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View Diary: Trippi Op-Ed in the WSJ: Yes. Yes. Yes! (276 comments)

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  •  It was bold for Dean - (none)
    given the small amounts of a high percentage of his contributions meant that he was waiving a huge amount of money in matching funds.  It was also a reason why as soon as he began to falter and his contributions dried up that he was so quickly broke.  It would be interesting to see a spreadsheet on the the candidates - money raised plus matching funds.  Dean may have raised $50 million but when you have five opponents all going after you and each funded with somewhere around $20 million, that $50 million isn't quite as formidable.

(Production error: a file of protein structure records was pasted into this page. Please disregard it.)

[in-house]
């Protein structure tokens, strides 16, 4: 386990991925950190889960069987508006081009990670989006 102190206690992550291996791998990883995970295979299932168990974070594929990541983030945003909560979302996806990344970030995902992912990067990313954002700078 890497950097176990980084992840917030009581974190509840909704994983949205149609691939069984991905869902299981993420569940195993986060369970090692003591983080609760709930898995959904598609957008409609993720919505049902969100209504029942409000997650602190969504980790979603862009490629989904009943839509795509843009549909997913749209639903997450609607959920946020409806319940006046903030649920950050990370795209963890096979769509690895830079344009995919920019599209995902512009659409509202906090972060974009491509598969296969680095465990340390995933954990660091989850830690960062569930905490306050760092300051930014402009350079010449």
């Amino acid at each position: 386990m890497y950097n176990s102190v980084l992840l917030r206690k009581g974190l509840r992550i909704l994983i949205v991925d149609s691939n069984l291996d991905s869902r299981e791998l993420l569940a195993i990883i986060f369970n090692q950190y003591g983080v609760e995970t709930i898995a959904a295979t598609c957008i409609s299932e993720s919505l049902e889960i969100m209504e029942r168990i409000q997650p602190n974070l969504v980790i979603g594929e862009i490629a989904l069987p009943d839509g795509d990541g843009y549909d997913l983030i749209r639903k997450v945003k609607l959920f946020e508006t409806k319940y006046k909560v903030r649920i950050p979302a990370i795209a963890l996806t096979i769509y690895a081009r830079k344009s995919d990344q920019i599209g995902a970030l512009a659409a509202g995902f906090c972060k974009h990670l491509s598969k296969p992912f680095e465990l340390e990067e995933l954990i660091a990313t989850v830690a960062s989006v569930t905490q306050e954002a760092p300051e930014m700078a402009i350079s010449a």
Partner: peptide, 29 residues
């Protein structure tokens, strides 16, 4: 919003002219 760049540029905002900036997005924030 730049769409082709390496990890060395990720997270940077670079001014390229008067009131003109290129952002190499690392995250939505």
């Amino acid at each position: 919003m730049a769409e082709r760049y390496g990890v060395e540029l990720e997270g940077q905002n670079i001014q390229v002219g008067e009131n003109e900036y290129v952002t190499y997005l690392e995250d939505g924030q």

Kerry gave up far less in matching funds at the time of his decision than Dean did because he was more reliant on large donors.  And it's not like he was going to lose his house given the fact that his wife is worth at least $500 million.  Doubt we'll ever know if Kerry made this decision on his own, recognizing that he could never hope to beat GWB if hamstrung by this funding limitation as Dean recognized, or if this was the point where the Party insiders stepped in and made the decision to settle on Kerry and require this move.  The one thing that is clear is that as soon as Dean made his decision to pass on matching funds, this would be a factor in the primary race because Democrats would quickly come to appreciate that accepting matching funds would handicap our nominee.  Where the Dean team failed on this was to make it an issue -- pointing out to voters how much this had hurt Gore in 2000 and letting this make Gephardt and Edwards not  viable candidates in Iowa instead of running competing attack ads with Gephardt.

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